• HDMI 1.4, DisplayPort 1.2, VGA, and Dual-Link DVI-D are all included in the AOC Q3279VWFD8’s ports, as is a headphone socket.
  • Features that are not listed above

FreeSync is a feature of AMD processors. This display, like the 27ML1U, has FreeSync, but the frequency range is too narrow for a 75 Hz monitor (48-75 Hz).

Stand that can be tilted — Once again, we have a typical stand.


  • A limited range of FreeSync In the previous model, we wrote about FreeSync and the FreeSync spectrum. The same is true here. FreeSync is a welcome addition, however we’d want to see it limited to the 30-75 Hz frequency range.
  • VESA is not supported. Despite its simplicity, the Q3279VWFD8 doesn’t support VESA, which is a significant drawback for a panel scheduled for availability in 2022.
  • For certain users, it may be too large. Despite the fact that 1440p gives acceptable pixel density for 32-inch monitors, many people consider that 27-inch displays are the ideal desktop display size because of their favorable viewing angles.

Overall, the AOC Q3279VWFD8 is a great option for individuals who want a huge screen but don’t want to spend a fortune on one. The AOC 27ML1U’s colors and performance are nearly identical to those of the AOC 27ML1U, but this AOC model is a little slower but has somewhat better contrast.

Even though the AOpen 27ML1U is the most cost-effective option, the AOC Q3279VWFD8 is an excellent choice if you’re looking for a 32-inch monitor to use at your desk.


This model, in contrast to the previous two, features a TN panel and is designed with performance in mind. Gaming enthusiasts will find this to be an excellent choice. multi-player games with a high rate of tempo.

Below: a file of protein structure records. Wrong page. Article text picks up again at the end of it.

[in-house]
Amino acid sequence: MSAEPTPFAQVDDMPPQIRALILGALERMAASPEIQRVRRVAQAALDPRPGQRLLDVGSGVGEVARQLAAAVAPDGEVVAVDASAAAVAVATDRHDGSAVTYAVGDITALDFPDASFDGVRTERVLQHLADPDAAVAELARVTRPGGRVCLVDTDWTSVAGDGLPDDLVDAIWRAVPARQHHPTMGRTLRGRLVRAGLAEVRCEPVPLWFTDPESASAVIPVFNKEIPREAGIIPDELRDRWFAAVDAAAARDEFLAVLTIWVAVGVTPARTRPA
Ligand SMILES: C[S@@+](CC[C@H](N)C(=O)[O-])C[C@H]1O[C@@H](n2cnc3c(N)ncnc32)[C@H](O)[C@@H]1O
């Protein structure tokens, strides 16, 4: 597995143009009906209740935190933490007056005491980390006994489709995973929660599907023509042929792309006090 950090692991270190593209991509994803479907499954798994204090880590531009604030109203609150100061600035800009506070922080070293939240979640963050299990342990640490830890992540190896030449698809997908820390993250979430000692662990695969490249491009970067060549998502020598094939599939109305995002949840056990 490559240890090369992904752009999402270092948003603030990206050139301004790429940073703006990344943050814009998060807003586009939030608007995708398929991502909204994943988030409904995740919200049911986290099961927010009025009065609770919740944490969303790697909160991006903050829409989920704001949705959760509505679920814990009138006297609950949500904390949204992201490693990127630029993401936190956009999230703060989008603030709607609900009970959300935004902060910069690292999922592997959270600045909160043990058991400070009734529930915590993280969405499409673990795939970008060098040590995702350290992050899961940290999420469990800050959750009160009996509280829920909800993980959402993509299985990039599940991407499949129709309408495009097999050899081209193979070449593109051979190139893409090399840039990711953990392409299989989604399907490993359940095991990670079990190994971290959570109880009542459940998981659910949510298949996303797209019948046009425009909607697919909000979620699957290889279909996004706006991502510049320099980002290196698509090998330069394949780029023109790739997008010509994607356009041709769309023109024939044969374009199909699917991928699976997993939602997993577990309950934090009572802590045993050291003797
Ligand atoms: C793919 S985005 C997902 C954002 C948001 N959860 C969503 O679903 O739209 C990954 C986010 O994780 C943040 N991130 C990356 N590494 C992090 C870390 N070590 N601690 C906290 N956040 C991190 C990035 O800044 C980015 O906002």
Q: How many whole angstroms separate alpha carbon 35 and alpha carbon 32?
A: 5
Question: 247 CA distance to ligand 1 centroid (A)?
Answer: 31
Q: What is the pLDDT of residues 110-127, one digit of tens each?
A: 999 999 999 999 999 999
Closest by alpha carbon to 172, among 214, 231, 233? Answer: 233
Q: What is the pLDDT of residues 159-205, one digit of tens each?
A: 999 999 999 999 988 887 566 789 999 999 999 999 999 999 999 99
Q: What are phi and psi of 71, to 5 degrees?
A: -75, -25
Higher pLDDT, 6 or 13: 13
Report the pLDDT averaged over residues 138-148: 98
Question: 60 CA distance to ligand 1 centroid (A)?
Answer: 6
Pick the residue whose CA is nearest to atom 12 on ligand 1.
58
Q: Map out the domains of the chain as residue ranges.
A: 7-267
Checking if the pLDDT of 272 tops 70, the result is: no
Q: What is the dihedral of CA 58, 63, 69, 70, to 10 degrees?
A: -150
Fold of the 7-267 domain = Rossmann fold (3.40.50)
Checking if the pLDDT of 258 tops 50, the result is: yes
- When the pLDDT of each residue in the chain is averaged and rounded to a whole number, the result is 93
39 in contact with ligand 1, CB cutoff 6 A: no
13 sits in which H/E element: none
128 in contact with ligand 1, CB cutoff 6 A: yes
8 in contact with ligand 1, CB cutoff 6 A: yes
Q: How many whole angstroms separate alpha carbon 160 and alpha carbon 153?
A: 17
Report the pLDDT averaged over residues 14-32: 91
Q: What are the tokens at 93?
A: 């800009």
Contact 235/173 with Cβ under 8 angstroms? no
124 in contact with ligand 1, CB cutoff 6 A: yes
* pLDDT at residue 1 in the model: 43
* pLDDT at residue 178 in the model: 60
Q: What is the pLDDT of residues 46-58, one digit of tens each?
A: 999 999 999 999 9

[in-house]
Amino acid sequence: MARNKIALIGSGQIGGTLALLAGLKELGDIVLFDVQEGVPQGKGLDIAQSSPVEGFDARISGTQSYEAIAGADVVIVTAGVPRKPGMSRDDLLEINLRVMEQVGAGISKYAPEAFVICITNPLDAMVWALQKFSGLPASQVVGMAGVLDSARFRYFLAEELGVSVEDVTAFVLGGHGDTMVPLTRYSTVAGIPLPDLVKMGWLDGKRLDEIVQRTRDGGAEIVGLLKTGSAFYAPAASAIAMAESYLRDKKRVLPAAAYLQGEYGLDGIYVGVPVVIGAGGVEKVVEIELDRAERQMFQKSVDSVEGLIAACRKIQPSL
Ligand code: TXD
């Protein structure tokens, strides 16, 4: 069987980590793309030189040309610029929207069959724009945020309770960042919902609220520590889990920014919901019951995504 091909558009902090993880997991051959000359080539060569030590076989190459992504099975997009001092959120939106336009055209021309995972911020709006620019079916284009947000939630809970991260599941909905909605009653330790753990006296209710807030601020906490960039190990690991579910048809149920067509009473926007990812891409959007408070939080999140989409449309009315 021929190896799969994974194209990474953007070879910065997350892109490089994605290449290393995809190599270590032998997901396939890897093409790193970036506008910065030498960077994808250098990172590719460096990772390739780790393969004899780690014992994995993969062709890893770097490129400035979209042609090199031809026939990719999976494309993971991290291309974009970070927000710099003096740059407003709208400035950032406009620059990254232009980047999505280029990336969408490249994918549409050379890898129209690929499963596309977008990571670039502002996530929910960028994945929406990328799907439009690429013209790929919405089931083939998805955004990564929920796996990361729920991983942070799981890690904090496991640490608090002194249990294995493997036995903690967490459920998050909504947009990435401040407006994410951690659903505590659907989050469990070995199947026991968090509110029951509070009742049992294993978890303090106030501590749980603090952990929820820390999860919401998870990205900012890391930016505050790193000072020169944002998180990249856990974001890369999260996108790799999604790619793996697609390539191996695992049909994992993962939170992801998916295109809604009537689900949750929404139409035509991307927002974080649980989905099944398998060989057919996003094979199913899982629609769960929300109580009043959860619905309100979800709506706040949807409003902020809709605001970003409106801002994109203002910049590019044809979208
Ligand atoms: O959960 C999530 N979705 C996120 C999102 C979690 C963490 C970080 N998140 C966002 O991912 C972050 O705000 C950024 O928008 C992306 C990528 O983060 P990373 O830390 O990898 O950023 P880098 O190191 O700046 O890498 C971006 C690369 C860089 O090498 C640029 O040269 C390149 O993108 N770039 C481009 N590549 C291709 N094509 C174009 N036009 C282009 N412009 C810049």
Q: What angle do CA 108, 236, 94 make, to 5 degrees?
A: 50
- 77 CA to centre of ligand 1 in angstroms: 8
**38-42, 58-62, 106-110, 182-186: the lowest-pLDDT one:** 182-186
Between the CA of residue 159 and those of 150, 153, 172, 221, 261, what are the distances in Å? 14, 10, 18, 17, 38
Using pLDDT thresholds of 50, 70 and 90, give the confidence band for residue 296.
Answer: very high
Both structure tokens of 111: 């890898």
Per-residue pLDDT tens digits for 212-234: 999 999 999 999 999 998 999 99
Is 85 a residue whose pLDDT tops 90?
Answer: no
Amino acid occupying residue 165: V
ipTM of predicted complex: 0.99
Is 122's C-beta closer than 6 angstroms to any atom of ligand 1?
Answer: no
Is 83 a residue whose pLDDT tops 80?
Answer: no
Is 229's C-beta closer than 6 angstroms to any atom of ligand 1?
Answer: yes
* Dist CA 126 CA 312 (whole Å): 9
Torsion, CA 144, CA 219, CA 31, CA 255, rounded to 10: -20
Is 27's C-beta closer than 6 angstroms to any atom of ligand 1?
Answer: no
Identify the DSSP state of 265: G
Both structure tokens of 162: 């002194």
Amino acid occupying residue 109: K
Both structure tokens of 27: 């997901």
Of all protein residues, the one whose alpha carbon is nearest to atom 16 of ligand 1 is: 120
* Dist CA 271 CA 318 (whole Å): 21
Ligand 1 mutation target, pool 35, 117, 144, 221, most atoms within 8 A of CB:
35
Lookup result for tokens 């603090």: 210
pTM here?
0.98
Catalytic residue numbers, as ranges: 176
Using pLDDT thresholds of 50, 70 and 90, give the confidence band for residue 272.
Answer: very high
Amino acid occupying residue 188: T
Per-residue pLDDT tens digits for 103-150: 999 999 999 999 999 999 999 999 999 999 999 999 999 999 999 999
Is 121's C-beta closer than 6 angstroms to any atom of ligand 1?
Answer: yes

It’s evident that AOC didn’t cut corners on the aesthetics with this one, since it features red accents and a silver stand.

Key Features:

  • There’s a TN panel on the 27-inch screen. Thus, the emphasis is clearly on performance rather than visuals. You are looking at a 144-Hz refresh rate and a snappy 1ms reaction time, but the viewing angles and the quality of the color reproduction are far from the IPS-equipped rivals.
  • There are two HDMI 2.0 connectors on the AG271. Add some variety by connecting to the display via one of the DisplayPort 1.2 inputs, VGA, or D-DVI D. The headphone jack and four-port USB 3.0 hub are also included.
  • Features that are not listed above

If you’re looking for the best gaming monitor for the money, go no further than the ASUS ZenFone 2 Pro. FreeSync, for example, operates within a frequency range of 30 to 144 Hz. G-Sync compatibility has been confirmed, thus it may be used with an Nvidia GPU as well.

Since we’re looking at a full-featured stand that can be adjusted for height, tilt, rotation, and pivot, AOC didn’t scrimp on the stand either.

The VESA standard is supported. 100×100 VESA mounts can be used with the monitor.

Speakers built right inside the unit Two 3-watt speakers are included with the AG271QX. It’s an excellent feature, but it’s hardly a game-changer.


  • Low viewing angles – The AG271QX isn’t an exception to the general rule that TN panels have poor viewing angles. If you’re looking for a display with a narrow viewing angle, you’ll get it here.
  • Backlight bleed and poor black uniformity are two major problems that monitors have to deal with. The AG271QX performs admirably in this situation, but it falls short in others. There are a few issues with backlight bleed, but they’ll only be noticeable in a dark setting.

There’s no better 1440p budget monitor for performance-minded gamers than the AOC AG271QX. It features a high pixel density and some of the fastest response speeds around.

TN panels, on the other hand, can only display so many colors at a time. As a bonus, FreeSync is compatible with Nvidia’s graphics processing units. In order to use FreeSync, you must have an Nvidia graphics card.

There isn’t a flawless monitor out there, of course, but this is especially true for an inexpensive TN one. In comparison to other IPS and VA monitors, its field of view is incredibly narrow. Additionally, some people may find the lack of black consistency annoying.